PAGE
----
Latest Articles in Hallway

modern design hotel in Berlin, Germany

Propeller Island Hotel, Berlin

In 1997, musician Lars Storschen started renting out rooms in his house to supplement his income. Bored with the idea of a traditional guest room, Storschen created different themes for each of the four rooms. Inspired by Jules Vernes’ science fiction novel, Propeller Island, Storschen’s guestrooms-cum art installations, like Symbols (A room filled with 300 symbols) became an extension of his career as an artist. Soon after, the rooms became popular and Storschen began toying with the idea of expanding Propeller Island into a proper hotel. When the pension hotel in his building became available, Storschen bought it and spent the next five years expanding. Now, with three floors and 27 rooms, Propeller Island is part art gallery and part hotel. It’s impractical and slightly gimmicky, but I love Storschen’s madcap approach and imaginative décor. Click through the slideshow to view my favorite rooms.
April 14, 2012
hide and seek compartment furniture

Hide & Seek

April 13, 2012
dillon residence night

Seamless Living in Brisbane

For their family home in Brisbane, Australia, John and Cathy Dillon spent countless hours poring over design magazines and books to strike the right updated-mid-century-modern balance. "We drew heavily from the mid-century modern ethic in terms of house design and layout, but did not wish to replicate this era through furnishings and fixtures," says John Dillon. While the structural influences of this home by local architect Bud Brannigan range from the Case Study work of Pierre Koning and Craig Ellwood, and Australian architects Glenn Murcutt and Harry Seidler, the interiors are a mix of the residents' own personalities and histories, including a love of Japanese design and art collecting.
January 30, 2012
modern perpetual calendars

On and On

December 2, 2011
red painted tunnel kitchen dining room

Tunnel Vision

To maximize every square inch in this Manhattan apartment, LOT-EK knocked down walls, added dozens of recycled doors, and built in a bevy of secret compartments.
November 5, 2011
randy brown omaha nebraska slat house

Slat Happy

Budget supplies become modern design gold in this Omaha home.
November 1, 2011
In her spacious kitchen, Mahnaz Fashandi prepares for Persian New Year with her brother Mohsen and her parents Mohammad and Azam.

Family Matters

The open spaces and transparency of modern architecture turn out to be extremely useful when there’s a house full of relatives.
July 18, 2011
In renovating the Barcelona apartment she shares with Sergio Carratala, Petz Scholtus was guided by what she calls the “5 Rs” of eco-design: reuse, reduce, recycle, restore, respect.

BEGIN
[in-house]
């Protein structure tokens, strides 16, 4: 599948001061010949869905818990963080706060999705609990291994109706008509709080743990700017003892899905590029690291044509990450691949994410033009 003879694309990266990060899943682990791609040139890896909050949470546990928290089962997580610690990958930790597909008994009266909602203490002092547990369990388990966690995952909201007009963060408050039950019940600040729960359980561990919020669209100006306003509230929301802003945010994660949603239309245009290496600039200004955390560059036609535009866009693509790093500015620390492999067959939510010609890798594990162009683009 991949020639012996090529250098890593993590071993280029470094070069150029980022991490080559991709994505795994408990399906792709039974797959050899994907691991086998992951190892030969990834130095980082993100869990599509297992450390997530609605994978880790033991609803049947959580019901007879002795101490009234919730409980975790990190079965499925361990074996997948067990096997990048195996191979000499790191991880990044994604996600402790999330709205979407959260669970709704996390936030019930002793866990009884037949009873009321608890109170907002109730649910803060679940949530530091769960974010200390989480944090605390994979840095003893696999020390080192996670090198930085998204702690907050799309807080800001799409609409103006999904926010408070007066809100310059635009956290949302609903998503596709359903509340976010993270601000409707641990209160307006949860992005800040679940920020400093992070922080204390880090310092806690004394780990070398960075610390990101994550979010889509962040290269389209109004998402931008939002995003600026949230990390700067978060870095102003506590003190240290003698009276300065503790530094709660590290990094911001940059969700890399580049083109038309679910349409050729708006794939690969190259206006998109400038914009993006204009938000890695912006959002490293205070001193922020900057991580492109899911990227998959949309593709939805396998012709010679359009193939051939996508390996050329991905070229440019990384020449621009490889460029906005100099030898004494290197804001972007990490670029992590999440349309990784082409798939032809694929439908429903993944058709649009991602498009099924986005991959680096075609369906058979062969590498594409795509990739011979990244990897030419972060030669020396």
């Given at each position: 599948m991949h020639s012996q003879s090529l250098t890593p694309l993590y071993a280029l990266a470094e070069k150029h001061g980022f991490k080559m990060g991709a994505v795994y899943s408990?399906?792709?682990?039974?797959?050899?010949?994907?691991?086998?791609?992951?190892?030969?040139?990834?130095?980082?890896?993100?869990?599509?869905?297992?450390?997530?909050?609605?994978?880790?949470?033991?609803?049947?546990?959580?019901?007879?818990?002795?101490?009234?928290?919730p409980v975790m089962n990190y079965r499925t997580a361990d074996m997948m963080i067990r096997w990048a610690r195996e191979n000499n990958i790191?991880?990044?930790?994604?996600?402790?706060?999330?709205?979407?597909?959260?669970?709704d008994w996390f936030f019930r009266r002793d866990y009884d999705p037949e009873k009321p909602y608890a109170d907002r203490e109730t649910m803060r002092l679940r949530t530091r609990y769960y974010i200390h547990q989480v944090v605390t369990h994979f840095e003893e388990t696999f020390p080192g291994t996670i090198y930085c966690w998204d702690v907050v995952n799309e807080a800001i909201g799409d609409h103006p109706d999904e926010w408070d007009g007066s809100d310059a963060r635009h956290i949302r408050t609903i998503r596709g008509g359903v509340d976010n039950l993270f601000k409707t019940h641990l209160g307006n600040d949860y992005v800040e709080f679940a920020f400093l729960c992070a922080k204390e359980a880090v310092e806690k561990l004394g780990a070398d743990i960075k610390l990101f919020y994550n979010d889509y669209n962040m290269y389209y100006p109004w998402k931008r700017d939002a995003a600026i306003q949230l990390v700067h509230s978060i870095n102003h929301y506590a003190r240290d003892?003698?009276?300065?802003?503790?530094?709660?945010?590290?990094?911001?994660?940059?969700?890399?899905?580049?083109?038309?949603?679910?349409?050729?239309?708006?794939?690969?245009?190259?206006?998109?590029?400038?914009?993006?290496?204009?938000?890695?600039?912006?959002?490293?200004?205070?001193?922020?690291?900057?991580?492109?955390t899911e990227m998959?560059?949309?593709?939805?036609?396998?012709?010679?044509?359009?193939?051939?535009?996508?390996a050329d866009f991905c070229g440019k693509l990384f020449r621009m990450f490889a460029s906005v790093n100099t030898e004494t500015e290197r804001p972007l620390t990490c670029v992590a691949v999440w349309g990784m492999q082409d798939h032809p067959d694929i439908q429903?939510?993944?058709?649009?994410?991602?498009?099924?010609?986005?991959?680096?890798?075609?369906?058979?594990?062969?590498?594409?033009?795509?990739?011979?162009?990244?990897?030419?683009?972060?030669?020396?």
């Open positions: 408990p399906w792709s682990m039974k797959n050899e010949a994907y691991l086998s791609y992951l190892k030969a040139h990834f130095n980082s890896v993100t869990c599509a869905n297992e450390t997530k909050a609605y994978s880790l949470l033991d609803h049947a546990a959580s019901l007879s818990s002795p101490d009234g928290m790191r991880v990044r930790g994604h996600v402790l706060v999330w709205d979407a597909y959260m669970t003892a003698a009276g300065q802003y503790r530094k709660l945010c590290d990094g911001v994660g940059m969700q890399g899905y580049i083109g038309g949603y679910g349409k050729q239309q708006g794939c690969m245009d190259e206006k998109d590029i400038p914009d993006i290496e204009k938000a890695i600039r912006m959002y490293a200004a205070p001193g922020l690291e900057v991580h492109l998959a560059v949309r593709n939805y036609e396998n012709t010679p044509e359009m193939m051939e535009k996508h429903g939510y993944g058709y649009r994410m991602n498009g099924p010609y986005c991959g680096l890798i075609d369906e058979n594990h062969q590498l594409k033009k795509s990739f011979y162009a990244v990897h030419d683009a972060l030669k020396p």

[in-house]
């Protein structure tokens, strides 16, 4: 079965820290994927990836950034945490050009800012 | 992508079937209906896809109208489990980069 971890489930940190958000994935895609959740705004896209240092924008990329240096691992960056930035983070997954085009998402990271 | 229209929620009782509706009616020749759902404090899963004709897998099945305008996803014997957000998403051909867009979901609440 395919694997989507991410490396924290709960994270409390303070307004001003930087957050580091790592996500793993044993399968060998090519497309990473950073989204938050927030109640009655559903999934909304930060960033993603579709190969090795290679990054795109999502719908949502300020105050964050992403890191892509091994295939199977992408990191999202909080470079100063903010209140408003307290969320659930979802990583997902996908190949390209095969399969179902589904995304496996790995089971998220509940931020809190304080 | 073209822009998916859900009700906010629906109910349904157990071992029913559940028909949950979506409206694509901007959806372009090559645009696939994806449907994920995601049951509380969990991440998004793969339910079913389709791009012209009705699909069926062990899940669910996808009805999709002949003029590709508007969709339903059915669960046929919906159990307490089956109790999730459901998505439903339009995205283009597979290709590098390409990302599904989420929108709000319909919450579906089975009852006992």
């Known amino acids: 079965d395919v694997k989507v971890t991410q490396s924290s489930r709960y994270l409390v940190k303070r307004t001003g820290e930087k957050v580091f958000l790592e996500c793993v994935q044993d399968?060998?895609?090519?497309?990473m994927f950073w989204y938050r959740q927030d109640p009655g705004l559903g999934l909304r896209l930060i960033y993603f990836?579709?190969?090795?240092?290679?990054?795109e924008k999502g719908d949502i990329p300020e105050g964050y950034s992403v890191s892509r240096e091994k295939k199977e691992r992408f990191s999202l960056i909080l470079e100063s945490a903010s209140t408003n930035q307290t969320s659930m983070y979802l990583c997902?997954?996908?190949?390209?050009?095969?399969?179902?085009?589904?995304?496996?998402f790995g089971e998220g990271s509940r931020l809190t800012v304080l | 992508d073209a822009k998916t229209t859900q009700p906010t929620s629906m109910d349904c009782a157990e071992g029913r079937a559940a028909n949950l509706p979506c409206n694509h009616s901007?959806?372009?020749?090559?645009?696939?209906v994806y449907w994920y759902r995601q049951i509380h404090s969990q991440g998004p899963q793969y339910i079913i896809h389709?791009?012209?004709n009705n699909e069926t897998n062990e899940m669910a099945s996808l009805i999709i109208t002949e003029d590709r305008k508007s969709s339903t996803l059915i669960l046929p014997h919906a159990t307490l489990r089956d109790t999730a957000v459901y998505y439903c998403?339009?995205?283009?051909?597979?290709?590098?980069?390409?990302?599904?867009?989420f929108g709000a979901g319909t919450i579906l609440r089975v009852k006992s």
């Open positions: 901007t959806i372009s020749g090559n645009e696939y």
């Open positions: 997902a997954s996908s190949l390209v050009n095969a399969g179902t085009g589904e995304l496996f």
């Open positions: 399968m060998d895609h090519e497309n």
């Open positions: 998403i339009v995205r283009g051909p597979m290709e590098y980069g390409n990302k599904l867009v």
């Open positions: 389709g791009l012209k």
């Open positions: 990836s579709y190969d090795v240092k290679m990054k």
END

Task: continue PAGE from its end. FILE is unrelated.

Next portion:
Green Living in Barcelona

For some, living “green” is all about making a statement. But for Petz Scholtus, it boils down to common sense. The eco-designer was raised on a farm in Luxembourg, and she’s brought a feeling for the natural world to her residence in Barcelona, Spain. “Growing up on a farm influenced my ideas,” she explains. “There it was all about life cycles, materials that flow, eating, composting, growing...”   Scholtus, who also runs her own sustainable-products studio, Pöko Design, moved to Barcelona in 2004. Three years later, she and her partner, Sergio Carratala, a structural engineer, found a nearly-625-square-foot apartment in an 18th-century building at the heart of the Barri Gòtic.   Their plan was simple: Use eco-friendly and recycled materials, reduce water and energy consumption and create as little waste as possible. While sacrificing neither aesthetics nor comfort, Scholtus has accomplished that and more. There are cabinets made from wooden wine boxes, cork floors installed without glue, PVC-free pipes, secondhand furniture and even a worm-composting enterprise on one of the tiny balconies. No detail was too insignificant—witness the Staple-Free Stapler in the office.  
April 11, 2011
“When I first thought of moving to Harlem, I looked at a map,” says Ryall. “The island’s about 210 blocks long, I’m near 110th Street—I thought, ‘It’s right in the center of Manhattan.’”


Like many white people of a certain age, I first visited Harlem by mistake. I took the wrong subway and barely got out of the station: First one guy, then another, tried to shove me down the stairs. Thirty-two years later, walking past the gourmet markets, wine shops, and chain drugstores that are the sine qua non of change, I am struck by the Asians and Caucasians on their way to work, none scurrying with the head-down haste of the unwelcome. Harlem may still be the global capital of the African Diaspora, yet no court could have integrated it as efficiently as the lure of affordable Manhattan real estate. Nowadays, everyone takes the A train.
February 14, 2011